What is the increment of volume in spherical coordinates? There are two ways to see what this is, through art and through a systematic procedure. First consider art. Here is a picture.
In the picture there are two concentric spheres formed by making ρ two different constants and surfaces which correspond to θ assuming two different constants and ϕ assuming two different constants. These intersecting surfaces form the little box in the picture. Here is a more detailed blow up of the little box.
What is the volume of this little box? Length ≈ ρdϕ, width ≈ ρsin

Now what is really going on? Consider the dot in the picture of the little box. Fixing θ and ϕ at their values at this point and differentiating with respect to ρ leads to a little vector of the form

which points out from the surface of the sphere. Next keeping ρ and θ constant and differentiating only with respect to ϕ leads to an infinitesimal vector in the direction of a line of longitude,

and finally keeping ρ and ϕ constant and differentiating with respect to θ leads to the third infinitesimal vector which points in the direction of a line of latitude.

To find the increment of volume, we just need to take the absolute value of the determinant which has these vectors as columns, (Remember this is the absolute value of the box product.) exactly as was the case for polar coordinates. This will also yield

However, in contrast to the drawing of pictures, this procedure is completely general and will handle all curvilinear coordinate systems and in any dimension. This is discussed more later.
Example 15.3.3 Find the volume of a ball, B_{R} of radius R. Then find ∫ _{BR}z^{2}dV where z is the rectangular z coordinate of a point.
In this case, U = (0,R] ×
As for the integral, it is no harder to set up. You know from the transformation equations that z = ρcosϕ. Then you want

This will be pretty easy also although somewhat more messy because the function you are integrating is not just 1 as it is when you find the volume.
Example 15.3.4 A cone is cut out of a ball of radius R as shown in the following picture, the diagram on the left being a side view. The angle of the cone is π∕3. Find the volume of what is left.
Use spherical coordinates. This volume is then

Now change the example a little by cutting out a cone at the bottom which has an angle of π∕2 as shown. What is the volume of what is left?
This time you would have the volume equals

Example 15.3.5 Next suppose the ball of radius R is a sort of an orange and you remove a slice as shown in the picture. What is the volume of what is left? Assume the slice is formed by the two half planes θ = 0 and θ = π∕4.
Using spherical coordinates, this gives for the volume

Example 15.3.6 Now remove the same two cones as in the above examples along with the same slice and find the volume of what is left. Next, if R is the region just described, find ∫ _{R}xdV .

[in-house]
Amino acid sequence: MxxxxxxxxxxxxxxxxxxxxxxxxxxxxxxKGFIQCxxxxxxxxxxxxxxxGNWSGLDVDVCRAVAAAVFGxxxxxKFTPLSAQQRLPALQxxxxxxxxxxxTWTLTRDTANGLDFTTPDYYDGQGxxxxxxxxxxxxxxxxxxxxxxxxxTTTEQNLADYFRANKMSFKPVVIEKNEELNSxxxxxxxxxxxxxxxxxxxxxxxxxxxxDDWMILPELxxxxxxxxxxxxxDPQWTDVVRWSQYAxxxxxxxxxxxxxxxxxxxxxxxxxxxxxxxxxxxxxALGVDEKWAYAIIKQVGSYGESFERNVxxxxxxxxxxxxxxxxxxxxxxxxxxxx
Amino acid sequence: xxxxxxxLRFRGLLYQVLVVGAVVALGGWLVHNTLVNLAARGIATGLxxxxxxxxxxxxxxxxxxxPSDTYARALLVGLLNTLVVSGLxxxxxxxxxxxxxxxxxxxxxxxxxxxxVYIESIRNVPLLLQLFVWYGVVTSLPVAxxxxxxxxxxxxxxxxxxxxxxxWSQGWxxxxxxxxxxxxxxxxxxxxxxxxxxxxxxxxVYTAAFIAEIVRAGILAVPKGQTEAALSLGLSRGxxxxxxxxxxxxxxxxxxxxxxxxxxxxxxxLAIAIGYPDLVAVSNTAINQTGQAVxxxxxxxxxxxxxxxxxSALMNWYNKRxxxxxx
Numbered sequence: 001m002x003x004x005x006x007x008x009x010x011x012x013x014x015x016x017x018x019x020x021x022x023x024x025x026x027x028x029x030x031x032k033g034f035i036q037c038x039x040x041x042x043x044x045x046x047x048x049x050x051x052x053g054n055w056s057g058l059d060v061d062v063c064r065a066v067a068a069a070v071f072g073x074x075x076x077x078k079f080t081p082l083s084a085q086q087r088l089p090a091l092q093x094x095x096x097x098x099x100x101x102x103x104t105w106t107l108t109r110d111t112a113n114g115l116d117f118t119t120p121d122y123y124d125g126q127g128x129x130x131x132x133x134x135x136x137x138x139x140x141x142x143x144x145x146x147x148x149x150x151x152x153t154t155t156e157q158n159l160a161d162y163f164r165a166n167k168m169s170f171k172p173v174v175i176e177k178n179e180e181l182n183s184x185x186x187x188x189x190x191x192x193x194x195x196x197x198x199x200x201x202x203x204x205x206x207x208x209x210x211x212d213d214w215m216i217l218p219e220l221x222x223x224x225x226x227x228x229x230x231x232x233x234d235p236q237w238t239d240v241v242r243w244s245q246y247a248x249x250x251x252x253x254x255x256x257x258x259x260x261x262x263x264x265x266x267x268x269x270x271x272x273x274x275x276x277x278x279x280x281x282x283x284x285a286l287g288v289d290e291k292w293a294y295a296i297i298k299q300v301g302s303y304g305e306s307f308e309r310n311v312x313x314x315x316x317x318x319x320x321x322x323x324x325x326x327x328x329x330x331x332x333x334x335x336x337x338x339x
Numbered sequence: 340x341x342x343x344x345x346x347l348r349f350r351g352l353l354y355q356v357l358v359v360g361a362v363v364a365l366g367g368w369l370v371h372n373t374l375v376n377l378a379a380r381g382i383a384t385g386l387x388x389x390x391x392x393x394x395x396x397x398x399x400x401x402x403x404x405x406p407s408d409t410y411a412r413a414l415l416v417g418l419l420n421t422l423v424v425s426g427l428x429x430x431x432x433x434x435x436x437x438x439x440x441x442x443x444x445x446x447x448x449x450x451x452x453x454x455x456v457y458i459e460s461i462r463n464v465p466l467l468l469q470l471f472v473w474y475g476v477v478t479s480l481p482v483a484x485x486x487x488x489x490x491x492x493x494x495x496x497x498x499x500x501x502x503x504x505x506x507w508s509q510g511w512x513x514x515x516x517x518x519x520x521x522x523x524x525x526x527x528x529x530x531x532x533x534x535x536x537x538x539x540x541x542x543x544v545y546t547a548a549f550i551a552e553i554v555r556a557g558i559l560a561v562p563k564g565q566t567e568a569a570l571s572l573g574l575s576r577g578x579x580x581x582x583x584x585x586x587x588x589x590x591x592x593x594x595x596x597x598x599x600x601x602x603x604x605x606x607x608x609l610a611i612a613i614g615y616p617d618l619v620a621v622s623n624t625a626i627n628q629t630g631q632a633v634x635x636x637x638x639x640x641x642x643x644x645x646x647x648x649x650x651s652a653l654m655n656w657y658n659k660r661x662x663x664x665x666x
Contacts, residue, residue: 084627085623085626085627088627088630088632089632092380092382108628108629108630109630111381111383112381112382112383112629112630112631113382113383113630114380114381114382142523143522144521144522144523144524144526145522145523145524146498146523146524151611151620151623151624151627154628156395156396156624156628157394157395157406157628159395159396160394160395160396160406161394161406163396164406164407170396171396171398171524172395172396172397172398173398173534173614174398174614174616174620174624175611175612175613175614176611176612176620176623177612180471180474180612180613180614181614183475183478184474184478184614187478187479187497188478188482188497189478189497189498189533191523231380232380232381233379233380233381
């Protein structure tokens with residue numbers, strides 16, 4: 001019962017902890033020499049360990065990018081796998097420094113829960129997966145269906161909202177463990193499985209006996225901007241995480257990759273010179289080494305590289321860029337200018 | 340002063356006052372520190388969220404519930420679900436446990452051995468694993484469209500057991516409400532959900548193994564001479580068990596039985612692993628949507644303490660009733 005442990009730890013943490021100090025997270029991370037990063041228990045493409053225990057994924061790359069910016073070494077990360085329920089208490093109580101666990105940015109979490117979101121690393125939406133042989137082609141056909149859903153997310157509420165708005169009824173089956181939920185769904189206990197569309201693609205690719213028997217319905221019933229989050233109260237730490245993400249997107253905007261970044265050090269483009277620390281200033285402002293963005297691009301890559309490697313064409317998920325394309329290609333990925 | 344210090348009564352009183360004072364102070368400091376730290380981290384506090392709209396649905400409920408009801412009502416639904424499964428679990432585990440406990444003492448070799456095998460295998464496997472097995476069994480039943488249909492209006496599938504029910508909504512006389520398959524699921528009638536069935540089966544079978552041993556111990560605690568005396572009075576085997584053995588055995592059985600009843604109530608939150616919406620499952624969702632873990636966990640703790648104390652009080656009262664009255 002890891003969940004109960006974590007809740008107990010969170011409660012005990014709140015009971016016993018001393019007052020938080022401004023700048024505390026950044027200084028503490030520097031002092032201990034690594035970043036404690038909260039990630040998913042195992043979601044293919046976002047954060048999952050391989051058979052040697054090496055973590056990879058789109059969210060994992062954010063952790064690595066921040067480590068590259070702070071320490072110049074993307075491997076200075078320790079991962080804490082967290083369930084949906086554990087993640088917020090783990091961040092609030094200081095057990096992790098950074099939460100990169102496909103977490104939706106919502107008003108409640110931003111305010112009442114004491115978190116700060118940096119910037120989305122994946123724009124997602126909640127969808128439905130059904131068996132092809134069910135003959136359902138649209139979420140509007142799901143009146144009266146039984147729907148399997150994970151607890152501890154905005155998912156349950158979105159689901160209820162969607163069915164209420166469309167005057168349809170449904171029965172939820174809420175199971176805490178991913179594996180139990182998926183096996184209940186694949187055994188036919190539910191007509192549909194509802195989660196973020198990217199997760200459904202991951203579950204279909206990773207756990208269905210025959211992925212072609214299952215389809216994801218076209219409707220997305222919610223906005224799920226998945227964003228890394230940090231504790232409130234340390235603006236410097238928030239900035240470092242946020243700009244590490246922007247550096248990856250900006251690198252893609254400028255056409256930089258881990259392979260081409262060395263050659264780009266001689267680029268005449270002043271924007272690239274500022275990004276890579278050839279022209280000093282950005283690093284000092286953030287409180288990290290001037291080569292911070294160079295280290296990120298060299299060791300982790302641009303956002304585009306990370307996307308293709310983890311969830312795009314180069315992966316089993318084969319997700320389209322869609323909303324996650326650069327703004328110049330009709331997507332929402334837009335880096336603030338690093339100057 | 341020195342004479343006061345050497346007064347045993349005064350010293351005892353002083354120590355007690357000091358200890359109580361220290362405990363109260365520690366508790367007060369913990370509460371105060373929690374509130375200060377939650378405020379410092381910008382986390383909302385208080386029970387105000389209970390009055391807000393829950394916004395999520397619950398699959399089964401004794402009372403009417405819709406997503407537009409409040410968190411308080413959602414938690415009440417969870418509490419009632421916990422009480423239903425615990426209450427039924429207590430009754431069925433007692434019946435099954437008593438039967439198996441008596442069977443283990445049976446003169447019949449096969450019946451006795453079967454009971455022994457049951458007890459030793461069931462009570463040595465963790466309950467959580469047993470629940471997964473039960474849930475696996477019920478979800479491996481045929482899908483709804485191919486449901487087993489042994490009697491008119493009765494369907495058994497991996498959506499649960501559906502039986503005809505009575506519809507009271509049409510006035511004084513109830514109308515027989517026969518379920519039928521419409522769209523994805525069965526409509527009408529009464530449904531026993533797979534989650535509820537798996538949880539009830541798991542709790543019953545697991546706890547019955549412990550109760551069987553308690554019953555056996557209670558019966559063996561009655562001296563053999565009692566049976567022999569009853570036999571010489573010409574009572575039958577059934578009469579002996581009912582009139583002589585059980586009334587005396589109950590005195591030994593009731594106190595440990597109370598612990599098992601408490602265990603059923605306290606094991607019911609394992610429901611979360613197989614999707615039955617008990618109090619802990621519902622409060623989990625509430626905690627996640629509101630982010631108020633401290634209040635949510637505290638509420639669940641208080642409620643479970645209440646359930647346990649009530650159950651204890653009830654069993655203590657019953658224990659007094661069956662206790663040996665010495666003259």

This time you need

As to the integral, it equals

This is because, in terms of spherical coordinates, x = ρsin
Example 15.3.7 Set up the integrals to find the volume of the cone 0 ≤ z ≤ 4,z =
This is entirely the wrong coordinate system to use for this problem but it is a good exercise. Here is a side view.
You need to figure out what ρ is as a function of ϕ which goes from 0 to π∕4. You should get

As to ∫ _{R}zdV, it equals

Example 15.3.8 Find the volume element for cylindrical coordinates.
In cylindrical coordinates,

Therefore, the Jacobian determinant is

It follows the volume element in cylindrical coordinates is rdθdrdz.
Example 15.3.9 In the cone of Example 15.3.7 set up the integrals for finding the volume in cylindrical coordinates.
This is a better coordinate system for this example than spherical coordinates. This time you should get

Example 15.3.10 This example uses spherical coordinates to verify an important conclusion about gravitational force. Let the hollow sphere, H be defined by a^{2} < x^{2} + y^{2} + z^{2} < b^{2}
and suppose this hollow sphere has constant density taken to equal 1. Now place a unit mass at the point
Without loss of generality, assume z_{0} > 0. Let dV be a little chunk of material located at the point


Therefore, the total force is

By the symmetry of the sphere, the i and j components will cancel out when the integral is taken. This is because there is the same amount of stuff for negative x and y as there is for positive x and y. Hence what remains is

as claimed. Now for the interesting part, the integral is evaluated. In spherical coordinates this integral is.
 (15.1) 
Rewrite the inside integral and use integration by parts to obtain this inside integral equals


 (15.2) 
There are some cases to consider here.
First suppose z_{0} < a so the point is on the inside of the hollow sphere and it is always the case that ρ > z_{0}. Then in this case, the two first terms reduce to

and so the expression in 15.2 equals




Therefore, in this case the inner integral of 15.1 equals zero and so the original integral will also be zero.
The other case is when z_{0} > b and so it is always the case that z_{0} > ρ. In this case the first two terms of 15.2 are

Therefore in this case, 15.2 equals

and so